In London Mr. Ticknor formed a friendship with Lord Byron; two men more unlike in every respect can hardly be conceived of, and it is amusing to think of Byron impressing his visitor as being "simple and unaffected," or of his speaking "of his early follies with sincerity," and of his own works "with modesty." It is amusing, too, to hear that as Lady Byron is going out for a drive, "Lord Byron's manner to her was affectionate; he followed her to the door, and shook hands with her, as if he were not to see her for a month." The following curious anecdote shows that Byron was no less unpatriotic in his views than Dr. Parr himself. Mr. Ticknor is calling upon him, and Byron is praising Scott as the first man of his time, and saying of Gifford that no one could have a better disposition, when,—

"Sir James Bland Burgess, who had something to do in negotiating Jay's Treaty, came suddenly into the room, and said abruptly, 'My lord, my lord, a great battle has been fought in the Low Countries, and Bonaparte is entirely defeated.' 'But is it true?' said Lord Byron, 'is it true?' 'Yes, my lord, it is certainly true; and an aid-de-camp arrived in town last night, he has been in Downing Street this morning, and I have just seen him as he was going to Lady Wellington's. He says he thinks Bonaparte is in full retreat towards Paris.' After a moment's pause, Lord Byron replied, 'I am sorry for it;' and then, after another slight pause, he added, 'I didn't know but I might live to see Lord Castlereagh's head on a pole. But I suppose I sha'n't now.' And this was the first impression produced on his imperious nature by the news of the battle of Waterloo."

But Byron is not Mr. Ticknor's only London friend, for we read of a breakfast with Sir Humphry Davy, a "genuine bookseller's dinner" with Murray, and a visit to the author of Gertrude of Wyoming.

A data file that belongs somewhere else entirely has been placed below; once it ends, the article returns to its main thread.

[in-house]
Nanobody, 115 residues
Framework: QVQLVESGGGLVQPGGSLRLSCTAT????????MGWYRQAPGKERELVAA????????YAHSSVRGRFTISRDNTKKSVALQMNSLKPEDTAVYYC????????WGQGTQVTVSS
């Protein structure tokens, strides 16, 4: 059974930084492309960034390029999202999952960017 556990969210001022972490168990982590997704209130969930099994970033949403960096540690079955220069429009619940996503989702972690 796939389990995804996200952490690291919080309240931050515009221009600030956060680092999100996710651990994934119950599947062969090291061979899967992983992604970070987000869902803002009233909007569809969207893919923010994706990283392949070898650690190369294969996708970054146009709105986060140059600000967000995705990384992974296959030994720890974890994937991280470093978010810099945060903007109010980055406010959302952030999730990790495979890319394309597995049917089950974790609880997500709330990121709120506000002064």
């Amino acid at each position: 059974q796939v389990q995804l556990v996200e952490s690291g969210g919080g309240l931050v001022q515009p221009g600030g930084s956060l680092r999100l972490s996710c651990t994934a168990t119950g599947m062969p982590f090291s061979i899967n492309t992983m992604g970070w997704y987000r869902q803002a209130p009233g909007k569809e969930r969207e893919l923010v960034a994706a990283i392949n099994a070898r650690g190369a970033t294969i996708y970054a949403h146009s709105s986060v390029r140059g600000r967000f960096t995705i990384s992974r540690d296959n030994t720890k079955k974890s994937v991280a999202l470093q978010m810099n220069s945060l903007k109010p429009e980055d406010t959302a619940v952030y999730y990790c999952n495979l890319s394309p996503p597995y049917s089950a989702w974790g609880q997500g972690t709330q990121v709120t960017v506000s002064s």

Goettingen, however, is the object of his journey, and at Goettingen he remains for the next year and a half. If he does not learn to scorn the delights of society, he has at least the resolution to live the laborious days of the earnest student. He studies five languages, and works twelve hours in the twenty-four. Greek, German, theology, and natural history seem chiefly to claim his attention, but he is also busy with French, Italian, and Latin, and manages at the same time to keep up his English reading. He is much amused with the German professors, and describes them with no little humor. There is Michaelis, who asks one of his scholars for some silver shoe-buckles, in lieu of a fee. There is Schultze, who "looks as if he had fasted six months on Greek prosody and the Pindaric meters." There is Blumenbach, who has a sharp discussion at a dinner-table, and next day sends down three huge quartos all marked to show his authorities and justify his statements.